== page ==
Early human fossils found in cave are a million years older than expected

M4 montage: Four different Australopithecus crania that were found in the Sterkfontein caves, South Africa. The Sterkfontein cave fill containing this and other Australopithecus fossils was dated to 3.4 to 3.6 million years ago, far older than previously thought. The new date overturns the long-held concept that South African Australopithecus is a younger offshoot of East African Australopithecus afarensis.

(CNN)Fossils of early human ancestors from a South African cave are 3.4 million to 3.6 million years old -- making them a million years older than previously suspected and shaking up the way researchers understand human origins and evolution.

This new date makes the Sterkfontein Cave fossils older than the famed Lucy fossil (also known as Dinkinesh) from Ethiopia. Found in 1979, Lucy represented the species Australopithecus afarensis and lived 3.2 million years ago.
The freshly dated fossils also belong to the genus Australopithecus, an ancient hominin that was initially thought to live 2 million to 2.6 million years ago. Researchers used a new technique to date the sediments of the Sterkfontein Caves, which are part of the Cradle of Humankind UNESCO World Heritage Site, about 30 miles (50 kilometers) northwest of Johannesburg.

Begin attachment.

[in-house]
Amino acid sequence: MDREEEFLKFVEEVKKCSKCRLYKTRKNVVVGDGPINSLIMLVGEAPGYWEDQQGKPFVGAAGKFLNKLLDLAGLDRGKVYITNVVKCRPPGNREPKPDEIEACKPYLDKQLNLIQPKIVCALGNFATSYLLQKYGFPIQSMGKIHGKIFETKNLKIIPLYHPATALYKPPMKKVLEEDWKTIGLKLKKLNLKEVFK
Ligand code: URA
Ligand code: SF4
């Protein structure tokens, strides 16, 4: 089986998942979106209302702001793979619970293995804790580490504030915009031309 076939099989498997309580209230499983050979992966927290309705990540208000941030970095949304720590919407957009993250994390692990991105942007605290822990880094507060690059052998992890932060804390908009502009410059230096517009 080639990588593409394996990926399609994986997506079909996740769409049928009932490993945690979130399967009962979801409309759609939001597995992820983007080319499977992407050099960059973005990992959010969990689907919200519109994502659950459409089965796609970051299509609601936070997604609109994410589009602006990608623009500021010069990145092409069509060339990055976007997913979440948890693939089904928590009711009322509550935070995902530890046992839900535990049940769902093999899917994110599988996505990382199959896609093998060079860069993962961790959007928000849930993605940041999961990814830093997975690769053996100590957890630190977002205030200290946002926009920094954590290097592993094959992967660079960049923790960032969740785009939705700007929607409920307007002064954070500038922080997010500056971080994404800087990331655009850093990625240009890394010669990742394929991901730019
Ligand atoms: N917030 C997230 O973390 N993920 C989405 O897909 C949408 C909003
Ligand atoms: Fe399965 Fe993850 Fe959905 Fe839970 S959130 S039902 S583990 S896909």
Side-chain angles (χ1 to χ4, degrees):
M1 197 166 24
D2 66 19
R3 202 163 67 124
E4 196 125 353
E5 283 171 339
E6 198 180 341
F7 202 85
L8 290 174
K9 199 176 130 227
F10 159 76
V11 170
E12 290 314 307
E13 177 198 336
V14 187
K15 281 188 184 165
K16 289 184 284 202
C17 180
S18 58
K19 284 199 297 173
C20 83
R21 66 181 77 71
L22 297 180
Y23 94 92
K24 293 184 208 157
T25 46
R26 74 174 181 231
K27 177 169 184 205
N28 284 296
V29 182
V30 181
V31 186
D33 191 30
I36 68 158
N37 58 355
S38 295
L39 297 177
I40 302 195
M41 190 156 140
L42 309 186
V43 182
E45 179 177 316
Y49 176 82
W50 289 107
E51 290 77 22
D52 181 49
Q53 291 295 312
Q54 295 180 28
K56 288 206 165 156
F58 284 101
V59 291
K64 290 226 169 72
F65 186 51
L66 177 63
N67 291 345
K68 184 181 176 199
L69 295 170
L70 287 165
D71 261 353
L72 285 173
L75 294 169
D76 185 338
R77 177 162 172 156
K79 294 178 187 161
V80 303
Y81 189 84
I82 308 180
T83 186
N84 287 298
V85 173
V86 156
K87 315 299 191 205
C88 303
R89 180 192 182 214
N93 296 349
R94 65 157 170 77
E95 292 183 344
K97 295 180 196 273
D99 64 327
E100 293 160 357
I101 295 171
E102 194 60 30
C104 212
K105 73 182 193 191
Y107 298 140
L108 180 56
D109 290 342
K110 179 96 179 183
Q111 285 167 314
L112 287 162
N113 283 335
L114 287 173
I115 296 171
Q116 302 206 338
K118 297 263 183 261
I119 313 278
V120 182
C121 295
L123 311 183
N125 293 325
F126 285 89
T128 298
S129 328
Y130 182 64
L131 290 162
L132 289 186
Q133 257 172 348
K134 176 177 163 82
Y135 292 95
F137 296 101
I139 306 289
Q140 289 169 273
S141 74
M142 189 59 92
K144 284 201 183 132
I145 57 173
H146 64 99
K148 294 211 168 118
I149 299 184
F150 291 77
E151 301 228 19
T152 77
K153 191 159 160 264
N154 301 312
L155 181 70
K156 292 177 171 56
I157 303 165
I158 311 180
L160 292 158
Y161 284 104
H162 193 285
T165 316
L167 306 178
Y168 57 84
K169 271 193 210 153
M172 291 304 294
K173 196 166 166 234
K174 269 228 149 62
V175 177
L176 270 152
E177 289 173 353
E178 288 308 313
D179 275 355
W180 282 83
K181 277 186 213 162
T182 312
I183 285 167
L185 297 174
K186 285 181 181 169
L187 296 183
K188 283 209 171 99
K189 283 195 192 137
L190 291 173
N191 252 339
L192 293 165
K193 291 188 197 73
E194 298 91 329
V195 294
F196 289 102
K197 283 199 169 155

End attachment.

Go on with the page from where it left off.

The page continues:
The caves included in this network have revealed details about human and environmental evolution that span about 4 million years.
      The site is home to a treasure trove of fossils that help tell the story of human evolution -- a story that seems to shift with each discovery.
      A new study detailing the findings was published Monday in the Proceedings of the National Academy of Sciences.
      The importance of the Sterkfontein Caves came to light in 1936, when the discovery of the first adult Australopithecus fossil was made by paleontologist Dr. Robert Broom.
        Hundreds of Australopithecus fossils have been found there since, including the famous Little Foot, who lived 3.67 million years ago. Today, she represents the most complete Australopithecus skeleton and is helping researchers to learn more about our chimpanzee-like ancestors.
        "Sterkfontein has more Australopithecus fossils than anywhere else in the world," said lead study author Darryl Granger, professor of Earth, atmospheric and planetary sciences in Purdue University's College of Science, in a statement.
        "But it's hard to get a good date on them. People have looked at the animal fossils found near them and compared the ages of cave features like flowstones and gotten a range of different dates. What our data does is resolve these controversies. It shows that these fossils are old -- much older than we originally thought."

        A new look at ancient ancestors

        The researchers determined that all of the cave sediments including Australopithecus fossils date from 3.4 million to 3.6 million years old, which places them toward the beginning of the Australopithecus era, rather than the end of it. They now predate other hominins at nearby sites by over a million years.